I was struck by the recent Jane Brody column in The New York Times entitled “Law on End-of-Life Care Rankles Doctors.” It addressed legislation passed in New York State last summer that took effect in February of this year. Similar to a bill passed in California in 2009, New York State's Palliative Care Information Act dictates that when a terminal illness or condition is diagnosed, information and counsel about palliative and end-of-life care must be offered to patients. Brody's piece included a back-and-forth volley of commentary. Physicians lamented the law's “heavy-handed intrusion into the doctor-patient relationship,” while David C. Leven, JD, Executive Director of Compassion and Choices of New York and a key sponsor of the Act, responded, “The law simply requires physicians to do what should be required of them.”
Brody noted that doctors are notorious death-deniers and frequently disappear when curative therapeutic options have been exhausted. Based on my nearly four-decade tenure as an oncology nurse, I found myself agreeing with her observations. From a personal perspective as a daughter and wife whose father and husband died of metastatic cancer, I found this to be my reality as well.
If it takes legislation to force communication with patients and their loved ones, then so be it. This paradigm of silence and limited disclosure has gone on far too long. The science and sophistication of cancer care are not just physiologically based but are also—if not more so—emotively charged. The Times editorial acknowledges that few physicians trained more than a decade ago received instruction on how to communicate “bad news.” As nurses we, too, have historically lacked skills training in communication savvy. Both disciplines are long overdue for some in-depth help when it comes to talking with patients and families during times of personal tragedy. As baby boomers continue to age and our longevity portends increased health risk, we will become the majority of patients requiring health and cancer care. Physicians' and nurses' ability to talk with us about our waning health will not be perceived as a sought-after luxury, but rather as a necessity.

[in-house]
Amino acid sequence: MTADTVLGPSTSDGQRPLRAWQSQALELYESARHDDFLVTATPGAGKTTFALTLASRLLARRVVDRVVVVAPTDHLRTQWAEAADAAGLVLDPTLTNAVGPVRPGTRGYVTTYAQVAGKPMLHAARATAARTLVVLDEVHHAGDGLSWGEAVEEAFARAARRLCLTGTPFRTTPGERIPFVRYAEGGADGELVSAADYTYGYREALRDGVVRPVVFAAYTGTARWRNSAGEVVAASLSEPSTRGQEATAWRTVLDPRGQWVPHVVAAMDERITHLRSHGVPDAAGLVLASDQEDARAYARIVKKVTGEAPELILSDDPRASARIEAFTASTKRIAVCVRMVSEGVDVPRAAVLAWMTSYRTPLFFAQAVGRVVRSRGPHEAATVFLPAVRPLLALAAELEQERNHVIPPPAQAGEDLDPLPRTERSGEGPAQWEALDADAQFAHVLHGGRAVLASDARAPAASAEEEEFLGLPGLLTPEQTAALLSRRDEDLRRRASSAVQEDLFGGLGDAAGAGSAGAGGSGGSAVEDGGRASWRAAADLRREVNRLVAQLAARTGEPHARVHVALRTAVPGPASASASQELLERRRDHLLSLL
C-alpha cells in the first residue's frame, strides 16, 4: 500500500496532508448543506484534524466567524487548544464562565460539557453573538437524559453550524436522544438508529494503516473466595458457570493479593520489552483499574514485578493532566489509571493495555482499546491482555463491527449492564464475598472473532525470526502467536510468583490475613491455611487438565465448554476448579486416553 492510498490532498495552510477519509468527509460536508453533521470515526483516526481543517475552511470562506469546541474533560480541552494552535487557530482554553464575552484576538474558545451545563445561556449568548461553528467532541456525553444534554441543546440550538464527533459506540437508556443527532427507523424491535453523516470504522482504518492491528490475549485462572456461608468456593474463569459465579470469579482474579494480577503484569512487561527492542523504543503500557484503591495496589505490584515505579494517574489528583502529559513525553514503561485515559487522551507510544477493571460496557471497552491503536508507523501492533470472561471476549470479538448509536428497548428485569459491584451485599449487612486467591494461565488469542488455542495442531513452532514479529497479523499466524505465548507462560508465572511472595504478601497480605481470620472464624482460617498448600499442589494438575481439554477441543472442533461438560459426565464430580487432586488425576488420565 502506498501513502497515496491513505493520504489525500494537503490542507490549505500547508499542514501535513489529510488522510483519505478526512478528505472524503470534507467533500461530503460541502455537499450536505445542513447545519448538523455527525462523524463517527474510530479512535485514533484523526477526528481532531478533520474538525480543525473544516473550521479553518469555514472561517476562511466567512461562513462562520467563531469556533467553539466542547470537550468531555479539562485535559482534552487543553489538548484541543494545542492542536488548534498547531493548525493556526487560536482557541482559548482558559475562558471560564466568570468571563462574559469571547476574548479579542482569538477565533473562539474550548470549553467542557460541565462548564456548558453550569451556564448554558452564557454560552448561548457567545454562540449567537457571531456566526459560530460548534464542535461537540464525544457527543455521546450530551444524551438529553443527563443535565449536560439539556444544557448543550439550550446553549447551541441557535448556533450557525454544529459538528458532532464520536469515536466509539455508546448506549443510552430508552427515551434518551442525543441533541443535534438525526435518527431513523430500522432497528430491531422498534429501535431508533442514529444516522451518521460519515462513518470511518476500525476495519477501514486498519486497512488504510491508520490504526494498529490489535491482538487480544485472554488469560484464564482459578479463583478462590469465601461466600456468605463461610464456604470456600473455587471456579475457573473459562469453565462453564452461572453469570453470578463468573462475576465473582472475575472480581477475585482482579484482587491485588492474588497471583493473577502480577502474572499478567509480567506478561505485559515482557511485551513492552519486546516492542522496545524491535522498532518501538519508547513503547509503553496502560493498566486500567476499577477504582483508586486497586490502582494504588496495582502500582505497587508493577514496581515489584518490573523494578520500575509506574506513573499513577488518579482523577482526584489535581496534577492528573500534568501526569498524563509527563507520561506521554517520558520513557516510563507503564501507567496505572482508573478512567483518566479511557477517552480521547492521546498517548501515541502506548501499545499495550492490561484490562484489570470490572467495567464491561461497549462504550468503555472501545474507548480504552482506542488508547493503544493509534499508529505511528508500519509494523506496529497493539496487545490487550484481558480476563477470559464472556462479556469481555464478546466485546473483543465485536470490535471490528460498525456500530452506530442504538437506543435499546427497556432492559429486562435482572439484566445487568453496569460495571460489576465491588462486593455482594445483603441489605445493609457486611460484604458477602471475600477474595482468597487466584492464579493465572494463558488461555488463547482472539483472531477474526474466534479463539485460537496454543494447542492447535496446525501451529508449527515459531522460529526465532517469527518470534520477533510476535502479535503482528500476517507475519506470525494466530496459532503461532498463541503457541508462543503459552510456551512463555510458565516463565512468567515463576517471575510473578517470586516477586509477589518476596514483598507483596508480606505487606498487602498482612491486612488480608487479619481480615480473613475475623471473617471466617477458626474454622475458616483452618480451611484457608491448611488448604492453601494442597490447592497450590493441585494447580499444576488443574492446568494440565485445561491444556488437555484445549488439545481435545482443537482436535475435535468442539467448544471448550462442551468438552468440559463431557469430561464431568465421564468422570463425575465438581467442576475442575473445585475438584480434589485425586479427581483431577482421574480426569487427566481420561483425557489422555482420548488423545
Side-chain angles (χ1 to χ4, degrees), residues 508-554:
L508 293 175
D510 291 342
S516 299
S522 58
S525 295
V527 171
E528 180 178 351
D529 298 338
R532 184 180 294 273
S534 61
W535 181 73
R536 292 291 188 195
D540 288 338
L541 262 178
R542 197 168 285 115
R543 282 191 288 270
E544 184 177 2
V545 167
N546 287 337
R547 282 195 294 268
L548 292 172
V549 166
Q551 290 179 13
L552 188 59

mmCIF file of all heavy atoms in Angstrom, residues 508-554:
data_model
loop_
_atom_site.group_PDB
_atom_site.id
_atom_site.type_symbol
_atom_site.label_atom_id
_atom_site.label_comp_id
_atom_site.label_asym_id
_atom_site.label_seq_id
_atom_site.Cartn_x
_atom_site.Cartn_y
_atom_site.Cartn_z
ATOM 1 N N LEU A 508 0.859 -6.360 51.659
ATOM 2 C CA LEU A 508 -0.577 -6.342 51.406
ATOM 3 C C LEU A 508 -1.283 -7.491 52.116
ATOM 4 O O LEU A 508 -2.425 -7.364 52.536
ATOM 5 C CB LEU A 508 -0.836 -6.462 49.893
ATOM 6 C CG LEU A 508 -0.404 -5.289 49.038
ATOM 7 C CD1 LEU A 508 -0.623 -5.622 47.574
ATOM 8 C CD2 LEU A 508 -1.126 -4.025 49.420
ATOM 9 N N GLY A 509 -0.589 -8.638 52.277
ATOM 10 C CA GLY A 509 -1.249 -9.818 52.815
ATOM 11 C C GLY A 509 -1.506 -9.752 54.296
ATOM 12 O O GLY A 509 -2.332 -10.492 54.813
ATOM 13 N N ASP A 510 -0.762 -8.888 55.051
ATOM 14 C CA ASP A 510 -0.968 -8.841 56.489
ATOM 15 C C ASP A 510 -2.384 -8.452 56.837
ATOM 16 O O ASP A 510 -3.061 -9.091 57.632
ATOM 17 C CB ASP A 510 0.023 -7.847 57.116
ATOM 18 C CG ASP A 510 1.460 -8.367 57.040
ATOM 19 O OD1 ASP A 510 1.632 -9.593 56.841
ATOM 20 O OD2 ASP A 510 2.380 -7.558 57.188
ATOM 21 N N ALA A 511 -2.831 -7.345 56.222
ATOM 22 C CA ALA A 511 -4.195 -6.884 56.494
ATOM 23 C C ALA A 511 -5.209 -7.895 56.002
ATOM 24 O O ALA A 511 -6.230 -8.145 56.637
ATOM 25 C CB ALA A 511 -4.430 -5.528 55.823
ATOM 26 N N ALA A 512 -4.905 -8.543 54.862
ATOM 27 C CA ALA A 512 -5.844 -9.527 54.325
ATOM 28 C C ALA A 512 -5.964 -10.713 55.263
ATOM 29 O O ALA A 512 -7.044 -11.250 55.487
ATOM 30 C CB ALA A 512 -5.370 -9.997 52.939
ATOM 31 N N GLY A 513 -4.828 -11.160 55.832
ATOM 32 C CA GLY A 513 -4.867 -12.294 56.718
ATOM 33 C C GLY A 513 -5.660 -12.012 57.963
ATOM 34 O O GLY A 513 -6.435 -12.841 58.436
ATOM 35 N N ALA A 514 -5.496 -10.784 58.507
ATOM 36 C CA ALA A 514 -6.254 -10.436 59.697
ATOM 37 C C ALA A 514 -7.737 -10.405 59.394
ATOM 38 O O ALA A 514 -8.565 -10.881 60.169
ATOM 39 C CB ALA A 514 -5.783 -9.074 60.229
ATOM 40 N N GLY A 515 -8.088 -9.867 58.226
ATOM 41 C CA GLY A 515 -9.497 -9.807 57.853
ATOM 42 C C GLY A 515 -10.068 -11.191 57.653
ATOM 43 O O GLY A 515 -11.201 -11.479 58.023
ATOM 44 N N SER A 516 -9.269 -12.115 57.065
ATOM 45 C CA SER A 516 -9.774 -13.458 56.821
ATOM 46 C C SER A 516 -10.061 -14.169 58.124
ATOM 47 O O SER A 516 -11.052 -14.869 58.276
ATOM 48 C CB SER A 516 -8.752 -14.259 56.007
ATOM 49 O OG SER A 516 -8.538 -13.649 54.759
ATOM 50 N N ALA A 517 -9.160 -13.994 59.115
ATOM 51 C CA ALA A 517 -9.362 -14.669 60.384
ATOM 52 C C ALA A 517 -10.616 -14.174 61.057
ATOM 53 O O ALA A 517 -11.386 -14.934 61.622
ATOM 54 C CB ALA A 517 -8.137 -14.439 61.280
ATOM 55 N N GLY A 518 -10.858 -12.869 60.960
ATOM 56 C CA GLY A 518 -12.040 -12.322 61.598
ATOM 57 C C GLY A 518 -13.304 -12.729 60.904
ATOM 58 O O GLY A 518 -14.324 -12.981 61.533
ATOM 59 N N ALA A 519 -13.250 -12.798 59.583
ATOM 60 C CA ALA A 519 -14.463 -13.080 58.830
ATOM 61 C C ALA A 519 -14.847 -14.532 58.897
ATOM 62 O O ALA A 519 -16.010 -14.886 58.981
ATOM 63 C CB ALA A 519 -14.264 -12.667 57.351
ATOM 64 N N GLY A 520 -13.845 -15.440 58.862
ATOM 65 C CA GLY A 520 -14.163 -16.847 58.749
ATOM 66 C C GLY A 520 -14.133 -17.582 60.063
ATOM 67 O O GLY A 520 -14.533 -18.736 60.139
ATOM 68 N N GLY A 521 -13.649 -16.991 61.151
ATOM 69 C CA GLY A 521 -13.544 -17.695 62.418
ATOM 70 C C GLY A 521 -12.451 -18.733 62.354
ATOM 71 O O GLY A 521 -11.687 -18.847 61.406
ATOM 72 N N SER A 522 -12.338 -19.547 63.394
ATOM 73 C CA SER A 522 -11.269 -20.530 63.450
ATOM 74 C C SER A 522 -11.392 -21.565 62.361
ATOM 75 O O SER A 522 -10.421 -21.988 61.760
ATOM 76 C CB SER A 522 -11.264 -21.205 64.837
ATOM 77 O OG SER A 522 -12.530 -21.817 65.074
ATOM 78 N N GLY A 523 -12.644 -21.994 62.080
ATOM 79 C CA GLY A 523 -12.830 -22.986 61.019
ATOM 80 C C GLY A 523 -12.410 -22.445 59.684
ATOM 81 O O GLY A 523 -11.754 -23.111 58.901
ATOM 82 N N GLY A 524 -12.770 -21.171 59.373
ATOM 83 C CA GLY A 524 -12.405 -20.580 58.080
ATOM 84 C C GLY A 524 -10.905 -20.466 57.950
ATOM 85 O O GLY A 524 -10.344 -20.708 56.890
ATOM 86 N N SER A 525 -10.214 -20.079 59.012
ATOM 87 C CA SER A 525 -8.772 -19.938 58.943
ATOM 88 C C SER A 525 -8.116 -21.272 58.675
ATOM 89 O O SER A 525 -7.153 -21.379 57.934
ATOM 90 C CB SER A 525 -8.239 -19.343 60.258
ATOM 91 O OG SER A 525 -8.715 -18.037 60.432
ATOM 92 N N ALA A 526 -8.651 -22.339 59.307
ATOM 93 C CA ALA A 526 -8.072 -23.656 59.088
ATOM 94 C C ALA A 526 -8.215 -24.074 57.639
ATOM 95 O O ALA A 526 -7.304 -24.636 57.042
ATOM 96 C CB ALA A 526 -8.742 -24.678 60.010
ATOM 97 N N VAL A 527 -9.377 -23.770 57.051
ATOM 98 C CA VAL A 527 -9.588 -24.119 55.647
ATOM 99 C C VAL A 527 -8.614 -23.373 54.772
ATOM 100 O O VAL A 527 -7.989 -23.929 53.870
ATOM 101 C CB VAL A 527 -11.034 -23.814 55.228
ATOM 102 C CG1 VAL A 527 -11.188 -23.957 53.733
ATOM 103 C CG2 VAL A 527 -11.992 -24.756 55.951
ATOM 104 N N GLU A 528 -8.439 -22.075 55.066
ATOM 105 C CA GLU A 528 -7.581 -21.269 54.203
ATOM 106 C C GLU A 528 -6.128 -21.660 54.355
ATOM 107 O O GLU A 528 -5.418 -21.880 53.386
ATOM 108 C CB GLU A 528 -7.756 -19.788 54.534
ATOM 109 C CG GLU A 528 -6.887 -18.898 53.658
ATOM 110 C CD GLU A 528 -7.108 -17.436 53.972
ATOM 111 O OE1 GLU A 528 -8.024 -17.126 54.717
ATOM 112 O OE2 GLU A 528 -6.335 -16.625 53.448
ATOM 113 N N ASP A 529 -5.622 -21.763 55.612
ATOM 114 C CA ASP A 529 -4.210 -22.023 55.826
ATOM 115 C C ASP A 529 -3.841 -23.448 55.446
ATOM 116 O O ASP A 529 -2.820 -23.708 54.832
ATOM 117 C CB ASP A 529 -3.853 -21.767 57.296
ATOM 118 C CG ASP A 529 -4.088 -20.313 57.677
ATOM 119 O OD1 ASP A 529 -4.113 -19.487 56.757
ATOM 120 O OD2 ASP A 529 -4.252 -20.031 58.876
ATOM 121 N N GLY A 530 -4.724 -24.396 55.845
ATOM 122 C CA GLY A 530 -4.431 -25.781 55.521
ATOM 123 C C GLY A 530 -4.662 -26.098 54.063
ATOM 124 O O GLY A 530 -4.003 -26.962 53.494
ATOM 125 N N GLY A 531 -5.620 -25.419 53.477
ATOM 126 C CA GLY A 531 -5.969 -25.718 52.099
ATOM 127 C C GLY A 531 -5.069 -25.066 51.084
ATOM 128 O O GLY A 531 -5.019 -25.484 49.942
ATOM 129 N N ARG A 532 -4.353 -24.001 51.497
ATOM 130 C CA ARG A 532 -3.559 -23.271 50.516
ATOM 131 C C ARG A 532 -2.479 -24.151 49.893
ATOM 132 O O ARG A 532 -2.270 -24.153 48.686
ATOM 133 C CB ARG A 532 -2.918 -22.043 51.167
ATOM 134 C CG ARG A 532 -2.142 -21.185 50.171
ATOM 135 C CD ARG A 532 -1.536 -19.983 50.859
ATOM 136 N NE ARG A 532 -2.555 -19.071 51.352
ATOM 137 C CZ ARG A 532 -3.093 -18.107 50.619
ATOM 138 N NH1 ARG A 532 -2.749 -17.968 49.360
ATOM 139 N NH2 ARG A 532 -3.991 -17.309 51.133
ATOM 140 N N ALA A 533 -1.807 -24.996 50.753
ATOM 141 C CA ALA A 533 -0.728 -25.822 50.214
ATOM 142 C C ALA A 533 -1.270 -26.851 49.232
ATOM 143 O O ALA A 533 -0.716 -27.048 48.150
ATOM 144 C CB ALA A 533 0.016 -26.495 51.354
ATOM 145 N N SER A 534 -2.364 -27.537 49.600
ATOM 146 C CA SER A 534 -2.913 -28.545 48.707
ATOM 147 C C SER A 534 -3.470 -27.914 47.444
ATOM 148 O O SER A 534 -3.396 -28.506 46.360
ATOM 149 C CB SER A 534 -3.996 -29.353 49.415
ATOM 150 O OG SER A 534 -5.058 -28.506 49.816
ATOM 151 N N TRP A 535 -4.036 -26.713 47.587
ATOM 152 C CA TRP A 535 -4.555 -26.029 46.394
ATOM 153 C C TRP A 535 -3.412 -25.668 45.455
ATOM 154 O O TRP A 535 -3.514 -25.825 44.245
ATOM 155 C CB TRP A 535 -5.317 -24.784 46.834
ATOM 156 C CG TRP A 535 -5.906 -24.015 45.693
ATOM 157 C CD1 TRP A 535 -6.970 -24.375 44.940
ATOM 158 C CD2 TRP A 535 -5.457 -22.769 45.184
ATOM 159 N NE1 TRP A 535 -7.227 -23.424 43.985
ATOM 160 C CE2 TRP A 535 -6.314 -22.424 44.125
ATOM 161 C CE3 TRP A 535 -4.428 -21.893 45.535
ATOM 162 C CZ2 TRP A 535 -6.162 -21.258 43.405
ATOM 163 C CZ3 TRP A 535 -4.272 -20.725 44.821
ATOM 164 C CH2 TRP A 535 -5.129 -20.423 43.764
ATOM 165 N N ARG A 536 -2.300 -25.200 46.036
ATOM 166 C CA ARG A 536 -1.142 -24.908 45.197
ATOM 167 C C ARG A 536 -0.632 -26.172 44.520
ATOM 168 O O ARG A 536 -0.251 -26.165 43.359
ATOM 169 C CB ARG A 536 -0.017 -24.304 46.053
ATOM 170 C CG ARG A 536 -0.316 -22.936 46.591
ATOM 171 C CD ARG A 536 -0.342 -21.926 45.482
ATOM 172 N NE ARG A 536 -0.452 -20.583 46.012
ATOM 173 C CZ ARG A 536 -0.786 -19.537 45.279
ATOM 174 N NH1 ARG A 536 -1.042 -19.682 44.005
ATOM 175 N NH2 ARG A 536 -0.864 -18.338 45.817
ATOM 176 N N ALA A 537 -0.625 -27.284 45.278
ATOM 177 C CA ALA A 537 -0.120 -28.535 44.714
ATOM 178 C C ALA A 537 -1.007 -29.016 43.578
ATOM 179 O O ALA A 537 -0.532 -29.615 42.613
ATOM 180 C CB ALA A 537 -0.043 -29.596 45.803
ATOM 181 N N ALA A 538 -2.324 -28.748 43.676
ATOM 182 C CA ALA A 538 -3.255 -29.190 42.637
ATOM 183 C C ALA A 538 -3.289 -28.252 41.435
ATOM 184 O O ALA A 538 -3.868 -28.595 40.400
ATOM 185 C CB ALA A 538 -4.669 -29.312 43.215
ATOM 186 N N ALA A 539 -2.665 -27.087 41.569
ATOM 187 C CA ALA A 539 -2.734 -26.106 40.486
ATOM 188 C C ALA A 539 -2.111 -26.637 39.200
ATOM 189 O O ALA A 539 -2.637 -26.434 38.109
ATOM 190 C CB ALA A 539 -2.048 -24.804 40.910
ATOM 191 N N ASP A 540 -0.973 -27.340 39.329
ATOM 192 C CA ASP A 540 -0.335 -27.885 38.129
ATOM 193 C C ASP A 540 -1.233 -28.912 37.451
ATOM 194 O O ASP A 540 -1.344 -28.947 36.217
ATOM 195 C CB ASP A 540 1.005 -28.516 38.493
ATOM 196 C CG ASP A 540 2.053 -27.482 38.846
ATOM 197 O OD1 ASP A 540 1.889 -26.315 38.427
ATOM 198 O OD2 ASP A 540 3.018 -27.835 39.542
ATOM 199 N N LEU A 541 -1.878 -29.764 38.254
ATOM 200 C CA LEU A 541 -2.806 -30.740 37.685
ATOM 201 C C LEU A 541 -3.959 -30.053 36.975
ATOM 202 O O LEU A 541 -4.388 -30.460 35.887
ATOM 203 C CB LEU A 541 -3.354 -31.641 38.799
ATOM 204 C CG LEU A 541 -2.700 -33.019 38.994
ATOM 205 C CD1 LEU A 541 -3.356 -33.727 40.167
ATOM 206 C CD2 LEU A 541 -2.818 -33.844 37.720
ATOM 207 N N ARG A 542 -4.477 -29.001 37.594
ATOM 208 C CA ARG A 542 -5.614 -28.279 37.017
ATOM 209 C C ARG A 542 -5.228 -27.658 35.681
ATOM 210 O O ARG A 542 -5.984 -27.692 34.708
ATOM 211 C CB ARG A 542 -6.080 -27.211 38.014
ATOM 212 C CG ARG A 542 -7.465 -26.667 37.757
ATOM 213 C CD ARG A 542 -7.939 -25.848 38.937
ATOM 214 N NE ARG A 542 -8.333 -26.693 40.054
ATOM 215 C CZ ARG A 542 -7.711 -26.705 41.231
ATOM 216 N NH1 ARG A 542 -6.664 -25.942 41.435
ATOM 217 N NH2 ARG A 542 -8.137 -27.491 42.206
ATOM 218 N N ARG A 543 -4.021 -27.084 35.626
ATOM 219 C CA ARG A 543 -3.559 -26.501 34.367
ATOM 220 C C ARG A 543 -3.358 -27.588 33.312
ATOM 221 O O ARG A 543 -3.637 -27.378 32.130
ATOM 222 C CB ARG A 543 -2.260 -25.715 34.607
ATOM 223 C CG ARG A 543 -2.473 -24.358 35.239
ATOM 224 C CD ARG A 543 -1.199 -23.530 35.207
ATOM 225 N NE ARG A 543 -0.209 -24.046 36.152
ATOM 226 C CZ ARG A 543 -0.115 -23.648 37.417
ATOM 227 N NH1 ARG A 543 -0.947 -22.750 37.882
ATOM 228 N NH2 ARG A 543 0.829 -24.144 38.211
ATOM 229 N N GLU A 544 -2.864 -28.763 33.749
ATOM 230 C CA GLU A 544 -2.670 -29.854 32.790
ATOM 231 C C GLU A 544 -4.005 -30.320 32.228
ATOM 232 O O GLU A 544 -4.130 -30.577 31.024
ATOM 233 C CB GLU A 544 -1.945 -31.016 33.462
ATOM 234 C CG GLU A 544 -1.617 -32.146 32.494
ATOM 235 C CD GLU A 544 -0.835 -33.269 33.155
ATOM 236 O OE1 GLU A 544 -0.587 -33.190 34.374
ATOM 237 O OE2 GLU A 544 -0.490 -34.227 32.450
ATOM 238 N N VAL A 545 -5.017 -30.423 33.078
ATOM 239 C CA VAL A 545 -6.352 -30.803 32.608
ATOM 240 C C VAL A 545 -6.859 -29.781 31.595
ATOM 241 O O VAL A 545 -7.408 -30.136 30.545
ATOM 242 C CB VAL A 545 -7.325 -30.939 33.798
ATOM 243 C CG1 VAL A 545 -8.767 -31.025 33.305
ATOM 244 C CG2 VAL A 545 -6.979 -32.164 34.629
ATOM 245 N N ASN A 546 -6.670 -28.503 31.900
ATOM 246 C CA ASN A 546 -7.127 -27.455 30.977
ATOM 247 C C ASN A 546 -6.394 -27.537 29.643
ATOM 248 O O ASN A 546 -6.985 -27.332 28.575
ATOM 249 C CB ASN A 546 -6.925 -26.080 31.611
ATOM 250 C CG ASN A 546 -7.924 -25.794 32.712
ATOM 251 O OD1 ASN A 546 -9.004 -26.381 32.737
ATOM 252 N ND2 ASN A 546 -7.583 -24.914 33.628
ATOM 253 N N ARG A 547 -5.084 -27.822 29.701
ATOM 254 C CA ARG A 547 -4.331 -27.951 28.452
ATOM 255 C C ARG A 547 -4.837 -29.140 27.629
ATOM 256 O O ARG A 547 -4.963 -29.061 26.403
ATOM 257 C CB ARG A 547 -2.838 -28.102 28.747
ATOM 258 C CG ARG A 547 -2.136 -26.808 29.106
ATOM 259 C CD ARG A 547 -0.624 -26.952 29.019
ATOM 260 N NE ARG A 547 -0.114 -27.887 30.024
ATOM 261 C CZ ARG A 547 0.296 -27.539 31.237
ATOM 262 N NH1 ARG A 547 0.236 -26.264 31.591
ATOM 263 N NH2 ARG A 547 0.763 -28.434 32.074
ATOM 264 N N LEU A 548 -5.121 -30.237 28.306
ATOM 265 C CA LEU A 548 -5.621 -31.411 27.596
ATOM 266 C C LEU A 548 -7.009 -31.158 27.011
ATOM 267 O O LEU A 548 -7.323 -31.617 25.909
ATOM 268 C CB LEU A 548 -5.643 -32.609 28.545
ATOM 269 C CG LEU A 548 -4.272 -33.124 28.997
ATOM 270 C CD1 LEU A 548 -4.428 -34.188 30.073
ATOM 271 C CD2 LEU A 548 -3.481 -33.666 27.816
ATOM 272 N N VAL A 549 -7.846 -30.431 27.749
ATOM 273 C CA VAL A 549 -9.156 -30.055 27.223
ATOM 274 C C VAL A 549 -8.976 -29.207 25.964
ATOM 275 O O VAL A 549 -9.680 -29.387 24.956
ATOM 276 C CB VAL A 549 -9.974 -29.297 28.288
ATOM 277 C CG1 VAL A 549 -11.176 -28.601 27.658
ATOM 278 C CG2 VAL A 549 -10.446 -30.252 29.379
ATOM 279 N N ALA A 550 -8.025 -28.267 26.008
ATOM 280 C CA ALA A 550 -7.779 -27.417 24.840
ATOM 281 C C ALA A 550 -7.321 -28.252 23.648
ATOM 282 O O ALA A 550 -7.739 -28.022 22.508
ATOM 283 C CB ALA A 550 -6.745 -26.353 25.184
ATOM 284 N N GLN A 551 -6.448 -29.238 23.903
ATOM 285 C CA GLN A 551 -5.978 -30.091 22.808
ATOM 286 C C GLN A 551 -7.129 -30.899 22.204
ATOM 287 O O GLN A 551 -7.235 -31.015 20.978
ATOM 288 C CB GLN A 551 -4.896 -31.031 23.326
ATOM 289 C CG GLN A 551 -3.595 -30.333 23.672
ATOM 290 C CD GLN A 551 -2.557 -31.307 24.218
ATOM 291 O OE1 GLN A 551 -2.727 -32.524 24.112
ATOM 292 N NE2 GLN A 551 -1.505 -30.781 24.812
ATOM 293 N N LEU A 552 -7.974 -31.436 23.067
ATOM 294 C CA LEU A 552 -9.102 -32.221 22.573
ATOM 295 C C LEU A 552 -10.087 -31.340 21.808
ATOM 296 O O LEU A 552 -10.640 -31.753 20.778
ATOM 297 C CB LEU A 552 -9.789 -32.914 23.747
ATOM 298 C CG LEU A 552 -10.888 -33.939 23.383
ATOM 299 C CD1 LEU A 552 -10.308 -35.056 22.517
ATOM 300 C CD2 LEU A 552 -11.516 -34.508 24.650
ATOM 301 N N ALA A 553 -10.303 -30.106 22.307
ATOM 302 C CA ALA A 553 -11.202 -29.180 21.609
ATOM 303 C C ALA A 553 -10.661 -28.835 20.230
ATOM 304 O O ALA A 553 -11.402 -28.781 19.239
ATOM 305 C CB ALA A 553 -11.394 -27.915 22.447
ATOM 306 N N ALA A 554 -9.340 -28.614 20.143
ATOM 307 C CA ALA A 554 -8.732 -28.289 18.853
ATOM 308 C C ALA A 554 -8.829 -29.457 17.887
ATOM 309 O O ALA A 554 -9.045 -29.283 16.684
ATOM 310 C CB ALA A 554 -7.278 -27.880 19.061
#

The contemporary concept of emotional intelligence has great relevance in cancer care. This paradigm reflects one's ability to correctly identify, use, understand, and manage emotions. It has significant implications for understanding our own internal emotional self and how we handle interpersonal conflict and extend caring practices to others. I have noted previously that our future will not look like today's reality. Collectively we have personal decisions to make. We can plan for and embrace change or we can wait or resist, potentially allowing rigid constructs to dictate practice. I hear what our patients and families are saying about the kind of dialogue in which we should be engaged together—I've even said those things about healthcare providers myself. The gaps are glaring. I, for one, am signing up for the advanced version of Communication 101.